Wednesday, March 7, 2007

More vestiges of a snowy weekend...

While not snowmobiling and snowshoeing and snowwatching and snowcursing, I did manage to sneak in a few movies. A couple good ones, a great one, and one I liked even though I (somewhat snobbishly) thought I was too old for it.

First things first - let me explain about me and Dame Judi Dench. I LOVE DJD! For a 73-year-old lady, she is lookin' damn good. And she's a fantastic actress, unfortunately probably best known as the spy-maven "M" in all the James Bond movies. Her performance (still considered by many - including myself - to be her signature) as Lady Macbeth in the BBC's 1979 production of Macbeth was unbelieveable; "OUT, OUT DAMN SPOT!" has never been the same. I credit that performance with a lot of my interest in literature, especially my love of Shakespeare. But I digress. She happened to star in two of this past weekend's showings, Mrs. Henderson Presents (for which she was nominated for an Oscar in 2005) and Ladies in Lavender, in which she costars with Dame Maggie Smith (Prof. Minvera McGonagall of Harry Potter fame), her real-life best friend and equally as esteemed colleague.

Liked both movies, but neither one was top quality. Mrs. Henderson was a little on the boring side, apart from her stellar performance - about an eccentric wealthy British widow from the 1940s who opens a theatre (that happens to employ nude performers). True story. Kinda funny at most times, and she plays the part to the hilt. The Lavender movie is a quiet, sad, kind of heartbreaking movie about regrets, and letting go. DJD and DMS are GREAT together in this movie - their interactions are so REAL.

The movie I loved was one I picked up pretty much as an afterthought. It stars two actors for whom I have never had much time: Gwyneth Paltrow, whom I've never really liked in anything, and Jake Gyllenhaal (of Jack "I wish I knew how to quit you!" Twist in Brokeback Mountain fame). But together, in this movie Proof ( they both turn in really great performances. At several times during this movie, I actually wanted to reach out and hug Gwyneth Paltrow's character! Anyway, great story (based on a Pulitzer Prize winning play) that keeps you guessing until the end, and even after, plus the always welcomed joy of getting to watch Anthony Hopkins (in a supporting role as Gwyn's crazy mathematician father). Kind of like A Beautiful Mind with more romance and a girl as the lead.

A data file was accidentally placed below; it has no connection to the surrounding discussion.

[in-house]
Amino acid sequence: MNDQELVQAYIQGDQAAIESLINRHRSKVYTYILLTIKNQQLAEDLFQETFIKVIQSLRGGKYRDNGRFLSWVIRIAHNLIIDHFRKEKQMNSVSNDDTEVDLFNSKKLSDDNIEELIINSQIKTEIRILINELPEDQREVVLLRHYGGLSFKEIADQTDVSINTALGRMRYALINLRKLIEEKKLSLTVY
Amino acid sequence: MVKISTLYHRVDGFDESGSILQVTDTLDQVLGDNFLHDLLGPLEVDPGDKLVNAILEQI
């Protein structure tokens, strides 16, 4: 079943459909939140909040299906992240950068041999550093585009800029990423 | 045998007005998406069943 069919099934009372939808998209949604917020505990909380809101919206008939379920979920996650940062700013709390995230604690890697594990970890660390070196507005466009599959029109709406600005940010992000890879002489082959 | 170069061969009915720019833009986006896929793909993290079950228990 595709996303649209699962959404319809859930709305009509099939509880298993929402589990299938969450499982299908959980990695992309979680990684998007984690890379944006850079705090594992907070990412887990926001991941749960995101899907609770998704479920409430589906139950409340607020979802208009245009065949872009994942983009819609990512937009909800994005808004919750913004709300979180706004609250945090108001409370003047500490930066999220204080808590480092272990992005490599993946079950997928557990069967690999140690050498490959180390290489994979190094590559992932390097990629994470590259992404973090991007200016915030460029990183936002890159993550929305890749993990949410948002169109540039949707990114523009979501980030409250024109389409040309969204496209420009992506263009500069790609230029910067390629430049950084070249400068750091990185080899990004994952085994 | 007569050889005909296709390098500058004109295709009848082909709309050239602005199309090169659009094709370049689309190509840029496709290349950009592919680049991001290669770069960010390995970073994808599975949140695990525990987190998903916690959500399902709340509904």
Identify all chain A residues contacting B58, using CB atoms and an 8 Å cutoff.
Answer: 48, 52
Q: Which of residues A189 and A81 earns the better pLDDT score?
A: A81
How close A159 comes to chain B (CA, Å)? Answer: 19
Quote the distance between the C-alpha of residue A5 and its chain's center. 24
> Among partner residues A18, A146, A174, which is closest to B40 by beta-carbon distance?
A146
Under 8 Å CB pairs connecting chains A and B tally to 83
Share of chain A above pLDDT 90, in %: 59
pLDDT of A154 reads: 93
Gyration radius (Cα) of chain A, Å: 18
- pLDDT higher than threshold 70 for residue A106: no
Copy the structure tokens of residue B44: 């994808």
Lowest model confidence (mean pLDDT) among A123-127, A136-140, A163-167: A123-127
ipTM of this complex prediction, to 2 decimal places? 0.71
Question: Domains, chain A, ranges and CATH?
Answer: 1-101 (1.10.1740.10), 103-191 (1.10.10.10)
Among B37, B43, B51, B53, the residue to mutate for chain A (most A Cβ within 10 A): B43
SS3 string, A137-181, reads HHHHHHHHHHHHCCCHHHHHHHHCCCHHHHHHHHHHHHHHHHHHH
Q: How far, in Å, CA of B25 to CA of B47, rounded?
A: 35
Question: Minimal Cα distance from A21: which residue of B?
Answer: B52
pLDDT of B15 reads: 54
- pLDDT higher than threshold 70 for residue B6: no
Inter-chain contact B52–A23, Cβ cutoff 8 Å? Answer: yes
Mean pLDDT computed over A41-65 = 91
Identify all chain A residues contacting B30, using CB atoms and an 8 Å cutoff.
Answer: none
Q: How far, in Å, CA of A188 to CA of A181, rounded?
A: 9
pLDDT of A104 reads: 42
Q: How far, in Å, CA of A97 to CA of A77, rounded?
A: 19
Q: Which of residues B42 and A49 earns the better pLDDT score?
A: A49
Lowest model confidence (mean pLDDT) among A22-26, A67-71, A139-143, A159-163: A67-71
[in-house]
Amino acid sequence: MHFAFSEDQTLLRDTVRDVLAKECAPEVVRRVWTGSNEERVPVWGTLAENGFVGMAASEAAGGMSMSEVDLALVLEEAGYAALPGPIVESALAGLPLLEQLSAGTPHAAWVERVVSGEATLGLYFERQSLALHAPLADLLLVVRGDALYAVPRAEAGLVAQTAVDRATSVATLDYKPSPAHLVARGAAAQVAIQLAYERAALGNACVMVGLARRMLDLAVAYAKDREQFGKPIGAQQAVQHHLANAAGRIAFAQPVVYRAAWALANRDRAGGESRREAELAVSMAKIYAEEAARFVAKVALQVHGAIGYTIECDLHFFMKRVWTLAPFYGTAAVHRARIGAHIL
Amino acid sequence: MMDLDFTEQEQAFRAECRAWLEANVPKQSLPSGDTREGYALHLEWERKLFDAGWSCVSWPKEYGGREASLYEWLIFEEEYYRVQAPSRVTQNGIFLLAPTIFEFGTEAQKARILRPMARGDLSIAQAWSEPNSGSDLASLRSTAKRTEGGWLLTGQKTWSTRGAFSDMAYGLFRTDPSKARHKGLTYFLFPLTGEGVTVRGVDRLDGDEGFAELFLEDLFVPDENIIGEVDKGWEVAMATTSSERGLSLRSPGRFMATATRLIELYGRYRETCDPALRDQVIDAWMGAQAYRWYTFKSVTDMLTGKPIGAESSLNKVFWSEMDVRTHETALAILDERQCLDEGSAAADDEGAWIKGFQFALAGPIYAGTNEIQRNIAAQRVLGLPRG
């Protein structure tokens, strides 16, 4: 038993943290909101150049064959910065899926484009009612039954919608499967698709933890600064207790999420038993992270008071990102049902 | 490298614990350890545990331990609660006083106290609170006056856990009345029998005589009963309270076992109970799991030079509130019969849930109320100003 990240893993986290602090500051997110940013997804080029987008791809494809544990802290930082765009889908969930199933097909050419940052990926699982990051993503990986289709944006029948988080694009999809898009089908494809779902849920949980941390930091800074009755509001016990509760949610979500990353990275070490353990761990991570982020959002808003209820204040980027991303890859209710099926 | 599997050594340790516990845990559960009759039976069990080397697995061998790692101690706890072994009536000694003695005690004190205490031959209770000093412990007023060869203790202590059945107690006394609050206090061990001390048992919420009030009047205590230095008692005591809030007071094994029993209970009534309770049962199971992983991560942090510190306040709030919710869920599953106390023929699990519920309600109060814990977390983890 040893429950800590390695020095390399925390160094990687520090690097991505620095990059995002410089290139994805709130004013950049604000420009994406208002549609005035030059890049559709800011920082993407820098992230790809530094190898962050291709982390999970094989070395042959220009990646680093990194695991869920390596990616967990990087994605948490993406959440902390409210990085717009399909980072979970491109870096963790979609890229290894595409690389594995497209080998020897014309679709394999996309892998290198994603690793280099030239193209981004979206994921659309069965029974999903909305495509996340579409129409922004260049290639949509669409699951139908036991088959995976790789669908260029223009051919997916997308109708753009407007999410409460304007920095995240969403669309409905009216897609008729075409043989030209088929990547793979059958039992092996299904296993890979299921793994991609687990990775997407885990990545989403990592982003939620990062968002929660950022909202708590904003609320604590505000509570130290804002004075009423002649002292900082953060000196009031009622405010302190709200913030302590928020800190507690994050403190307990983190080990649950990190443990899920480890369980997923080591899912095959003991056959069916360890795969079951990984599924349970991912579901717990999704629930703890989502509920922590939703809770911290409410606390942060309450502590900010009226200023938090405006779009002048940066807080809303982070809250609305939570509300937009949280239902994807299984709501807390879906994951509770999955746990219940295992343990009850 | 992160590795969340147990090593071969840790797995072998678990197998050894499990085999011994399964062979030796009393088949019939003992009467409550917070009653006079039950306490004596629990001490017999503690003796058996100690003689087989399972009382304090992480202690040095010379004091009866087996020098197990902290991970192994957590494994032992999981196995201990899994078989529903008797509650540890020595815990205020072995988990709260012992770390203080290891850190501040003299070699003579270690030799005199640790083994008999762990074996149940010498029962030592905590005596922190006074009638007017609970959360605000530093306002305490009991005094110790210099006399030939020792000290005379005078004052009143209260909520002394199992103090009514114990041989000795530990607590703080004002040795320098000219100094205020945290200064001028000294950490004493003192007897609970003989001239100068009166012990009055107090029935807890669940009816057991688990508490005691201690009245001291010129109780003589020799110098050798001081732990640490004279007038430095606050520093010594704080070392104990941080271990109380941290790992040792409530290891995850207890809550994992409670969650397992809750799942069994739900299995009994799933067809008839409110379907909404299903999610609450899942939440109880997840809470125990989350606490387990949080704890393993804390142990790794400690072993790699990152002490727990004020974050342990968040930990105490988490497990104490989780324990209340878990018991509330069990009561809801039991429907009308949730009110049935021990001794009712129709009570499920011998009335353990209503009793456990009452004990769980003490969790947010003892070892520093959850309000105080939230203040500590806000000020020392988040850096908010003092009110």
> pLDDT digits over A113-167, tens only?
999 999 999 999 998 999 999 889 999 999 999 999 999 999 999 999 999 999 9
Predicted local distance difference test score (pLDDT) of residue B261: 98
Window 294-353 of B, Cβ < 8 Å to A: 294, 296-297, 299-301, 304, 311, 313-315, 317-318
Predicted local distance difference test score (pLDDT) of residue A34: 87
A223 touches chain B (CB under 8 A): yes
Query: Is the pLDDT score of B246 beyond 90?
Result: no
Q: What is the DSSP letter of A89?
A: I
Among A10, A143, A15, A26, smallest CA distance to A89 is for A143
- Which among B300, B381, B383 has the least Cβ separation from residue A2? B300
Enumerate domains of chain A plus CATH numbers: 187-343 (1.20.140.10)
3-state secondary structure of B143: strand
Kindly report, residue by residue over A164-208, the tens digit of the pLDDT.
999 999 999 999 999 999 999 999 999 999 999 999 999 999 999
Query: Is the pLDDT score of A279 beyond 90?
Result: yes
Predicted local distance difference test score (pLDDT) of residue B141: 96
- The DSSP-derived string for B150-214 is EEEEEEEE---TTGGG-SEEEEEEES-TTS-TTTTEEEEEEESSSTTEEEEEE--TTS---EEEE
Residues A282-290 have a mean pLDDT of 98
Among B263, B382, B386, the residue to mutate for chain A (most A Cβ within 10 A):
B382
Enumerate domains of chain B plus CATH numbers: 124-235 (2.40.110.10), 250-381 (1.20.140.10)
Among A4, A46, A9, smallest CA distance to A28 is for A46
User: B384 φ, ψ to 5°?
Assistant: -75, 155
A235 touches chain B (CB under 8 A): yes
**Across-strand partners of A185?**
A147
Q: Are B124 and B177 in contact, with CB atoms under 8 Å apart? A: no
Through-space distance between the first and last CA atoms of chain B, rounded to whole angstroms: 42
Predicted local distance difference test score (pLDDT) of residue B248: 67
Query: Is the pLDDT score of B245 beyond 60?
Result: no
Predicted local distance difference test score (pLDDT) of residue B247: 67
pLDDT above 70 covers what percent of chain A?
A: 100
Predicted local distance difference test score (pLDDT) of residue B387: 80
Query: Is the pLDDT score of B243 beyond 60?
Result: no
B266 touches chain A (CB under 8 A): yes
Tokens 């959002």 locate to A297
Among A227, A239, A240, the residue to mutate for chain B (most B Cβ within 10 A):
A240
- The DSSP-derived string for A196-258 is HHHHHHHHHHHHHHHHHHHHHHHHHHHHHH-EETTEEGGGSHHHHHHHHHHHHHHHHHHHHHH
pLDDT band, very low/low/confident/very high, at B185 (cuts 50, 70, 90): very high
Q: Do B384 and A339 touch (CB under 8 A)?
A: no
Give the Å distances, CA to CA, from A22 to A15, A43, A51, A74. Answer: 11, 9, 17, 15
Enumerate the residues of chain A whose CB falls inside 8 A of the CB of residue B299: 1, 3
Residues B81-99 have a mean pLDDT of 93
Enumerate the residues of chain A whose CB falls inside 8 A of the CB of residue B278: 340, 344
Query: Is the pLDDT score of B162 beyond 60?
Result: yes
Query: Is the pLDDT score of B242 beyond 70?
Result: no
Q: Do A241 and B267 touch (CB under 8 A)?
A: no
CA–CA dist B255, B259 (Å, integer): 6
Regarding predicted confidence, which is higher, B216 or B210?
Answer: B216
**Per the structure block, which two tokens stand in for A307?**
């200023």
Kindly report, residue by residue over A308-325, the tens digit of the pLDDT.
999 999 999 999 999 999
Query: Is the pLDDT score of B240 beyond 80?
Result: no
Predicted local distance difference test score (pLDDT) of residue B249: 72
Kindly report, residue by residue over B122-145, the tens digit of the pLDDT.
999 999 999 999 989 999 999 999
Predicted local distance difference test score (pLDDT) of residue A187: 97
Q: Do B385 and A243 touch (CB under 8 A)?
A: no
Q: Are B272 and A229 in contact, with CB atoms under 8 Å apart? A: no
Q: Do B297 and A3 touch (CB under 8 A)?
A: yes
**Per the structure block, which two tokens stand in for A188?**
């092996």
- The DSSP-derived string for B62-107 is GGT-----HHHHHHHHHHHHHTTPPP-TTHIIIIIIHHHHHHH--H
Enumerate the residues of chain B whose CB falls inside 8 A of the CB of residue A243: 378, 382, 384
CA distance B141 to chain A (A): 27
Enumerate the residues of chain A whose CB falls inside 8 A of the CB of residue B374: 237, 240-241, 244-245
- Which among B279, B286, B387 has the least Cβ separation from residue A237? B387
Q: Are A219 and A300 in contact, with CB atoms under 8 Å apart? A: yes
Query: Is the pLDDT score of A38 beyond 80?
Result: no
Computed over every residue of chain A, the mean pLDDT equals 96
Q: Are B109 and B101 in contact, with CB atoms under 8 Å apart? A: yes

The movie that surprised me was The Sisterhood of the Travelling Pants, with an ensemble cast of pretty unknown (at least until this movie came out) young actresses. It REALLY reminded me of Now & Then (Demi Moore, Rosie, Melanie Griffith, Rita Wilson), just updated 15 years. I expected it to be one of these foofy little tween movies like Confessions of a Teenage Drama Queen, but it was actually pretty good. And Amber Tamblyn (whose father I fell in love with a gazillion years ago as Gideon, the littlest Pontipee brother in the 1954 movie version of Seven Bride for Seven Brothers) shows why her "Joan of Arcadia" series was tops for the three seasons it was on - the whole thing hinged on her.

Alright, enough amateur movie reviewing. I have a house to clean, a toilet to scrub, and a dog who's toenail need trimming! Ahh, this really is the good life! :)

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